The first man on Billy's laundry list of killin's - Frank Cahill, who simply put was a gruff man who found pleasure in inflicting pain and misery upon the young, energetic Billy. At this time, Billy began running with a crew known as "The Boys", whose leader was actually Jesse Evans (another troublesome tumbleweed of the West). Surprisingly and rarely told in stories of Billy the Kid, The Boys were friends with a man named James Dolan; James was actually a part of the Santa Fe Ring. The Santa Fe Ring was a corrupt political and authoritative group of men who ran the county of Lincoln, New Mexico. As a quick side note, If you have ever had the privilege to watch the late 80's Western movie, Young Guns, you will notice automatically that the antagonist in the flick is obviously the Santa Fe Ring - which included corrupted and greedy merchantmen, government officials, and local police enforcement (watch the Official Trailer for Young Guns above).
The Boys knew James Dolan to be a friend and supporter of the quest for riches, so not-so-shockingly they decided to implore Mr. Dolan for financial assistance. Apparently that didn't go over so well and The Boys turned against Mr. Dolan and the Santa Fe Ring. Specifically, Billy began to turn away from The Boys and began working for Doc Skurlock and Charlie Bowdrie in a cheese factory, in the year of 1877. As side jobs, he also worked on two local Lincoln County ranches: one owned by Frank & George Coe and another by Richard Brewer. That same year, a rancher by the name of John Tunstall & John's lawyer Alexander McSween hired all of these men to act as cattle guards on Tunstall's prominent ranch. Billy's life seemed to be looking up...he seemed to be working well on the ranch as a cattle guard and learning from his co-workers and employer. Unfortunately, the perverted politics and the immense level of control that the Santa Fe ring held over the county of Lincoln came into play...in a very real and bloody way.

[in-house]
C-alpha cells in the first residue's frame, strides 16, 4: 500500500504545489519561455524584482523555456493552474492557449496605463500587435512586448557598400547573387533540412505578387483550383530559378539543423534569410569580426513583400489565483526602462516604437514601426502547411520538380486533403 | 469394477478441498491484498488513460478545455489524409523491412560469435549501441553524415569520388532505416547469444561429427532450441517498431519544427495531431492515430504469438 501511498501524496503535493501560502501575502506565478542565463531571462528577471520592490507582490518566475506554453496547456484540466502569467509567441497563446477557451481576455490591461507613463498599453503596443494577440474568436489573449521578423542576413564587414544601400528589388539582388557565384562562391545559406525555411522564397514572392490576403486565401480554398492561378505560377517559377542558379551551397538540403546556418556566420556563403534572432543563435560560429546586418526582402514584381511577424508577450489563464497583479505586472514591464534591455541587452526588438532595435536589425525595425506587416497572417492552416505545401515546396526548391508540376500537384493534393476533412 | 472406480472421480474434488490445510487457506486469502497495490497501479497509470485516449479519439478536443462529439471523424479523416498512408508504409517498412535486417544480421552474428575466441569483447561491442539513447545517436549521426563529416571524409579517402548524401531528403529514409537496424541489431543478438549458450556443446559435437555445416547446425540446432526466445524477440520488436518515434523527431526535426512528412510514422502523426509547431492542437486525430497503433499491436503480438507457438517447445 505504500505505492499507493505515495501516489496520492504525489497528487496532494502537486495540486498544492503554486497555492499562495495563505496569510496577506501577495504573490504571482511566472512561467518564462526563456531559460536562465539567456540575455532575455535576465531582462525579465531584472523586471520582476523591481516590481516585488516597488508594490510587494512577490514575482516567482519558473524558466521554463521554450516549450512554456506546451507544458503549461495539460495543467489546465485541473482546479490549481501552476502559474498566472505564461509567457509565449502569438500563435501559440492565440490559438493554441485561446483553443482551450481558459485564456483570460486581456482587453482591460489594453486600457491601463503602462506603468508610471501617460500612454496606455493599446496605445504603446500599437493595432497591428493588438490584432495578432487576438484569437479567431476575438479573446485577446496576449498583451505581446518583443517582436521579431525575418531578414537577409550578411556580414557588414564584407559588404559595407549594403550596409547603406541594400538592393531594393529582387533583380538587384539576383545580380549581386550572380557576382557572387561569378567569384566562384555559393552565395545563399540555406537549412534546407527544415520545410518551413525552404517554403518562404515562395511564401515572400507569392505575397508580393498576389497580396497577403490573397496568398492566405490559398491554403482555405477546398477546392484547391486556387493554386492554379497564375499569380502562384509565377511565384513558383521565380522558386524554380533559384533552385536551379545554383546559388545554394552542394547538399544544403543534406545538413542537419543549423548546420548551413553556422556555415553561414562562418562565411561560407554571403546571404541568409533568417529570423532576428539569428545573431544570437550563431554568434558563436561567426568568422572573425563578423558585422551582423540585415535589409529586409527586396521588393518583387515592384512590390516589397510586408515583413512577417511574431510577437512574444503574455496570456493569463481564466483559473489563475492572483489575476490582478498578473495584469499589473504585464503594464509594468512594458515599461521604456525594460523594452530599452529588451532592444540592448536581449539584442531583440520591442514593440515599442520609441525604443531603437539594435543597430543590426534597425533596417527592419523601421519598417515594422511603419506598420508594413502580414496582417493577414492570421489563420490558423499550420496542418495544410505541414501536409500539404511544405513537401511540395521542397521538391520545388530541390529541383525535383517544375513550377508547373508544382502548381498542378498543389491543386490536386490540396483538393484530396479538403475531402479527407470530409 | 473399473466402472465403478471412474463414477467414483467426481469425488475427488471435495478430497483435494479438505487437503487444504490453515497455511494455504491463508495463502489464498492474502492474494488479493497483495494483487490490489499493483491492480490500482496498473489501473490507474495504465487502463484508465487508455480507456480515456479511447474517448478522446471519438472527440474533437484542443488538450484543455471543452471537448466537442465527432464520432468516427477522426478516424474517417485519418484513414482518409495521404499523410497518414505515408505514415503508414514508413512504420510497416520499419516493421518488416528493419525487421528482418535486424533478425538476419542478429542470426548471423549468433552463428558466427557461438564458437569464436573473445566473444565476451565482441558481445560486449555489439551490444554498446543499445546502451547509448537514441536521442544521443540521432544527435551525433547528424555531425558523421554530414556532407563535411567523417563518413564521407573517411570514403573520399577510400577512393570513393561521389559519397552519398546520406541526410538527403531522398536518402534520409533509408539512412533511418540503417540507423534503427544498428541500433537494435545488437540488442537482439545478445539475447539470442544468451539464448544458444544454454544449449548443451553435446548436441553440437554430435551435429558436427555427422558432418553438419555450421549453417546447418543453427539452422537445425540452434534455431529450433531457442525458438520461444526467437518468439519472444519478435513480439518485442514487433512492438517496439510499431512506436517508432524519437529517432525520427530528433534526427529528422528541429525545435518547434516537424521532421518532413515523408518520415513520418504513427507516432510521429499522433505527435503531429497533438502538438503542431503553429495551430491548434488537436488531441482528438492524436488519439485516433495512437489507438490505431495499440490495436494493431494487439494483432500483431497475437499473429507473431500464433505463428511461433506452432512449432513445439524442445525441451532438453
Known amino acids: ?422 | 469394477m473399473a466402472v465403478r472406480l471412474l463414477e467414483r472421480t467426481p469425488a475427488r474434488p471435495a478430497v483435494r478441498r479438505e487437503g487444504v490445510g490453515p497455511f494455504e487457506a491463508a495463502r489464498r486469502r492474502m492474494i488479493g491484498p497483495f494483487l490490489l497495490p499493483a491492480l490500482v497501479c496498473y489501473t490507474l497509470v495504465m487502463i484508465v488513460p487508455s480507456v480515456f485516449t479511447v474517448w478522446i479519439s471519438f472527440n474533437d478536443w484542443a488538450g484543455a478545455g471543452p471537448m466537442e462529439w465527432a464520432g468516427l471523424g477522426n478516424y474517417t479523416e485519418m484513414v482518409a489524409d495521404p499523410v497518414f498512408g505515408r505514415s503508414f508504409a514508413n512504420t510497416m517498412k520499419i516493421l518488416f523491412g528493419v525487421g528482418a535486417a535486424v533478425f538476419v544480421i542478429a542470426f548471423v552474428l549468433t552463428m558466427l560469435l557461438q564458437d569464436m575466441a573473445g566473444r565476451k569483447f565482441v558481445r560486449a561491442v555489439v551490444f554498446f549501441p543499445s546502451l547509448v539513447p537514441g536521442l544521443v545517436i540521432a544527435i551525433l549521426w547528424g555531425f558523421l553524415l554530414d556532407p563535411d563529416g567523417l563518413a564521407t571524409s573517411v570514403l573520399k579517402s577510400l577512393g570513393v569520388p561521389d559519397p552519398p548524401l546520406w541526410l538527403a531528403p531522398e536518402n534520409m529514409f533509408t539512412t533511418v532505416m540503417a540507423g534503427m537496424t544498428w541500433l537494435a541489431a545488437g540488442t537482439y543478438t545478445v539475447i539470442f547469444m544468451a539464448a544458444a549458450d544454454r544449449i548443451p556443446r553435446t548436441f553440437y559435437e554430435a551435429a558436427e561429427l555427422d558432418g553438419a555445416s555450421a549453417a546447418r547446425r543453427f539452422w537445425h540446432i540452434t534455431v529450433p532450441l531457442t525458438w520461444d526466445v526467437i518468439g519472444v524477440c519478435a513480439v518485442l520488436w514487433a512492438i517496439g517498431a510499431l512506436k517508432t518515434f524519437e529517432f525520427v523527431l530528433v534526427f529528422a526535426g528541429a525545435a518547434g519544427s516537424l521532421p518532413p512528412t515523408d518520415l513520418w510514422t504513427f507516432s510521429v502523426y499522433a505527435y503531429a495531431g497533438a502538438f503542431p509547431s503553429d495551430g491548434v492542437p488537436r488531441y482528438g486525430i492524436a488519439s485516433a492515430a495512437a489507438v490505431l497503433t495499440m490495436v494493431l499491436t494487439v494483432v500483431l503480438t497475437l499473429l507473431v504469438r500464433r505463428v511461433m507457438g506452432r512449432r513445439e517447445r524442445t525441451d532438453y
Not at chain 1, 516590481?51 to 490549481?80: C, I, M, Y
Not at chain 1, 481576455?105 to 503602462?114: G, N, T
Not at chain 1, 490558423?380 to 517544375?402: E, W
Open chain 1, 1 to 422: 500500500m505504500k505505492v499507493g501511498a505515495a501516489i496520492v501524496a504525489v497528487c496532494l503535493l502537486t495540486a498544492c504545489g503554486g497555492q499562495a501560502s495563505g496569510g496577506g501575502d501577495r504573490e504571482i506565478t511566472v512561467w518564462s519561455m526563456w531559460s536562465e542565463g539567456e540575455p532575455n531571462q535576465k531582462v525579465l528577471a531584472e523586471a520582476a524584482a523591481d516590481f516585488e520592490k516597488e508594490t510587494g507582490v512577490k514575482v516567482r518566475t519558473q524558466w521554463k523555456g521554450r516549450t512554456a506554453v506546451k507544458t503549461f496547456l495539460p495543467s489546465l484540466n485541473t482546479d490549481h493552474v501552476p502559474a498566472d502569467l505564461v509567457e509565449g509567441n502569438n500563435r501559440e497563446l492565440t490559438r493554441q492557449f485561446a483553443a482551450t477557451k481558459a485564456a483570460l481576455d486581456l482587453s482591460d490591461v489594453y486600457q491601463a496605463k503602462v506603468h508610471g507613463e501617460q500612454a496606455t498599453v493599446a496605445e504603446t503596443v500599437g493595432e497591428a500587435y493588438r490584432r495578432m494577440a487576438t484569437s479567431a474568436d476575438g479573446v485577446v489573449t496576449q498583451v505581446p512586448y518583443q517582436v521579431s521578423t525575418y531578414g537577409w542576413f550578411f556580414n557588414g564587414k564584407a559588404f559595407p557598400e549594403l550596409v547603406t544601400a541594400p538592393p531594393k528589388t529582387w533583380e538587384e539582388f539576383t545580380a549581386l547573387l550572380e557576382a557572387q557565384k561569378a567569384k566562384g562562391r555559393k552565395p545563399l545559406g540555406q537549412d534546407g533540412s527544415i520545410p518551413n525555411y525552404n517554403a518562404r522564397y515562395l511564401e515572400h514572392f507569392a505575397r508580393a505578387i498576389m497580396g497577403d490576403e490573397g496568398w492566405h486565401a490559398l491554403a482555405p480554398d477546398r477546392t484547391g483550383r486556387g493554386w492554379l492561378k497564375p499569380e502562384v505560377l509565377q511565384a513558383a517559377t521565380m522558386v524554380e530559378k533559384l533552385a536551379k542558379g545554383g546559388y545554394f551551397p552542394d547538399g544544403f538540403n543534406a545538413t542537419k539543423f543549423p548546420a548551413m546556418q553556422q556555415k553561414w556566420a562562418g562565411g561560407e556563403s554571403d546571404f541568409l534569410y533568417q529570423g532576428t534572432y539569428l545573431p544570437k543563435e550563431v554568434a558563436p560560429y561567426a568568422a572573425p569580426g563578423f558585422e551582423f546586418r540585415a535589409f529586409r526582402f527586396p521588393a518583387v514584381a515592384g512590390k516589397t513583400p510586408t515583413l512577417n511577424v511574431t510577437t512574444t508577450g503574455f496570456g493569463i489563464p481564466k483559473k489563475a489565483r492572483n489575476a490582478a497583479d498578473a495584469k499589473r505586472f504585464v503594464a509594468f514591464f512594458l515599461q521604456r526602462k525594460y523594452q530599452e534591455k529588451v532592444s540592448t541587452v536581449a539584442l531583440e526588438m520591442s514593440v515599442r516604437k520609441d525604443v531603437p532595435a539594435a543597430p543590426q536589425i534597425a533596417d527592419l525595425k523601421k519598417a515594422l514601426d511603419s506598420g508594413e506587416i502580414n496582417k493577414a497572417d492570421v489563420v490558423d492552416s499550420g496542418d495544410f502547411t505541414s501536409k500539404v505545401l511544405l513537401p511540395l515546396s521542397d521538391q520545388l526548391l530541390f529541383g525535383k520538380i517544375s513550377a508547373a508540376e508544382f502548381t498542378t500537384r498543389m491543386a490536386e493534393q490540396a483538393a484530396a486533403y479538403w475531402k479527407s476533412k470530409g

People thought me bad before, but if ever I should get free, I'll let them know what bad means.
— Billy the Kid to a reporter from the Daily New Mexican after his capture at Stinking Springs.
''People thought me bad before, but if ever I should get free, I'll let them know what bad means.''---Billy the Kid to a reporter from the Daily New Mexican after his capture at Stinking Springs.
Billy and The Lincoln County War
In February 1878, the somewhat quiet merchant battle between Dolan and Murphy (Santa Fe Ring members) and John Tunstall and Alexander McSween came to an unsightly head. While John Tunstall was on a cattle run towards the town of Lincoln, Murphy & Dolan's crew outright murdered Tunstall with a string of bullets. To spite Tunstall and to ultimately make the event even more depraved, they gunned down Tunstall's prized horse alongside of him. One could say that this is the occurrence that opened the floodgates of Billy's rebellious, anti-authority mentality and his talented trigger finger.